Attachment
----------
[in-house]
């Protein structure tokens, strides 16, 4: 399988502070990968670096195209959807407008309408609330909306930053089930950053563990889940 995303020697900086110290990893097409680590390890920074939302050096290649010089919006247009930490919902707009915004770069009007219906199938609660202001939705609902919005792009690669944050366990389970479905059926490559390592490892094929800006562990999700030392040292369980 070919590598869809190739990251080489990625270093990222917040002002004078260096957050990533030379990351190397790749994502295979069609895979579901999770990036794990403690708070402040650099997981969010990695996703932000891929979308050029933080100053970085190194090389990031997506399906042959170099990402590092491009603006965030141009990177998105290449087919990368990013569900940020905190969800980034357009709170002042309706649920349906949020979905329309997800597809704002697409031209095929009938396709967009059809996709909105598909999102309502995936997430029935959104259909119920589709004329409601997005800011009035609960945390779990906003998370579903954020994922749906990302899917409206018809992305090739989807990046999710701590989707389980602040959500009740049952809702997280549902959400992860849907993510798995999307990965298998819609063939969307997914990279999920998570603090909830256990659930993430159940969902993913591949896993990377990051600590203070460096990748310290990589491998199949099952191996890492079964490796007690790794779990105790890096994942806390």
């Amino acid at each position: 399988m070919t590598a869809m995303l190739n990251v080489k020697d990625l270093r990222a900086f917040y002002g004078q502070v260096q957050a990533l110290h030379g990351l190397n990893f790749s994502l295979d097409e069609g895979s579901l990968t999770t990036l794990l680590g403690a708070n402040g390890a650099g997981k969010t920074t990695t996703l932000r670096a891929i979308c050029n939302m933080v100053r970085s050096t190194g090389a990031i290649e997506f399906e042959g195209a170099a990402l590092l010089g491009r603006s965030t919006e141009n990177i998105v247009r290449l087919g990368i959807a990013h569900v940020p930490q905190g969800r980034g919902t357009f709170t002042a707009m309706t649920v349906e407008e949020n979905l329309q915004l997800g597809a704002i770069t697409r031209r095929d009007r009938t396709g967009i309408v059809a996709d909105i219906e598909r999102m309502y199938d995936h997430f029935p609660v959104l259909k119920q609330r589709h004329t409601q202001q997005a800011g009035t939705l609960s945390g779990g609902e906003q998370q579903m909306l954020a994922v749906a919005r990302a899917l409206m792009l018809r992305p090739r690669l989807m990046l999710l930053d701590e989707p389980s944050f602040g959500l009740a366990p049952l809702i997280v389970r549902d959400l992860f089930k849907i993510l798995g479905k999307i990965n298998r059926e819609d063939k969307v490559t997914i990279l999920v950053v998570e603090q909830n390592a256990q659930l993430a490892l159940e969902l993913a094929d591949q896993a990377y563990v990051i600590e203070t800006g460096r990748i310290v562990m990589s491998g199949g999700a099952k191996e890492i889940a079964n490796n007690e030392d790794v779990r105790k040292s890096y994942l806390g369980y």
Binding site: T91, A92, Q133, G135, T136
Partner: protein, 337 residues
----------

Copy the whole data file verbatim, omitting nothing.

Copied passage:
[in-house]
């Protein structure tokens, strides 16, 4: 399988502070990968670096195209959807407008309408609330909306930053089930950053563990889940 995303020697900086110290990893097409680590390890920074939302050096290649010089919006247009930490919902707009915004770069009007219906199938609660202001939705609902919005792009690669944050366990389970479905059926490559390592490892094929800006562990999700030392040292369980 070919590598869809190739990251080489990625270093990222917040002002004078260096957050990533030379990351190397790749994502295979069609895979579901999770990036794990403690708070402040650099997981969010990695996703932000891929979308050029933080100053970085190194090389990031997506399906042959170099990402590092491009603006965030141009990177998105290449087919990368990013569900940020905190969800980034357009709170002042309706649920349906949020979905329309997800597809704002697409031209095929009938396709967009059809996709909105598909999102309502995936997430029935959104259909119920589709004329409601997005800011009035609960945390779990906003998370579903954020994922749906990302899917409206018809992305090739989807990046999710701590989707389980602040959500009740049952809702997280549902959400992860849907993510798995999307990965298998819609063939969307997914990279999920998570603090909830256990659930993430159940969902993913591949896993990377990051600590203070460096990748310290990589491998199949099952191996890492079964490796007690790794779990105790890096994942806390």
């Amino acid at each position: 399988m070919t590598a869809m995303l190739n990251v080489k020697d990625l270093r990222a900086f917040y002002g004078q502070v260096q957050a990533l110290h030379g990351l190397n990893f790749s994502l295979d097409e069609g895979s579901l990968t999770t990036l794990l680590g403690a708070n402040g390890a650099g997981k969010t920074t990695t996703l932000r670096a891929i979308c050029n939302m933080v100053r970085s050096t190194g090389a990031i290649e997506f399906e042959g195209a170099a990402l590092l010089g491009r603006s965030t919006e141009n990177i998105v247009r290449l087919g990368i959807a990013h569900v940020p930490q905190g969800r980034g919902t357009f709170t002042a707009m309706t649920v349906e407008e949020n979905l329309q915004l997800g597809a704002i770069t697409r031209r095929d009007r009938t396709g967009i309408v059809a996709d909105i219906e598909r999102m309502y199938d995936h997430f029935p609660v959104l259909k119920q609330r589709h004329t409601q202001q997005a800011g009035t939705l609960s945390g779990g609902e906003q998370q579903m909306l954020a994922v749906a919005r990302a899917l409206m792009l018809r992305p090739r690669l989807m990046l999710l930053d701590e989707p389980s944050f602040g959500l009740a366990p049952l809702i997280v389970r549902d959400l992860f089930k849907i993510l798995g479905k999307i990965n298998r059926e819609d063939k969307v490559t997914i990279l999920v950053v998570e603090q909830n390592a256990q659930l993430a490892l159940e969902l993913a094929d591949q896993a990377y563990v990051i600590e203070t800006g460096r990748i310290v562990m990589s491998g199949g999700a099952k191996e890492i889940a079964n490796n007690e030392d790794v779990r105790k040292s890096y994942l806390g369980y």
Binding site: T91, A92, Q133, G135, T136
Partner: protein, 337 residues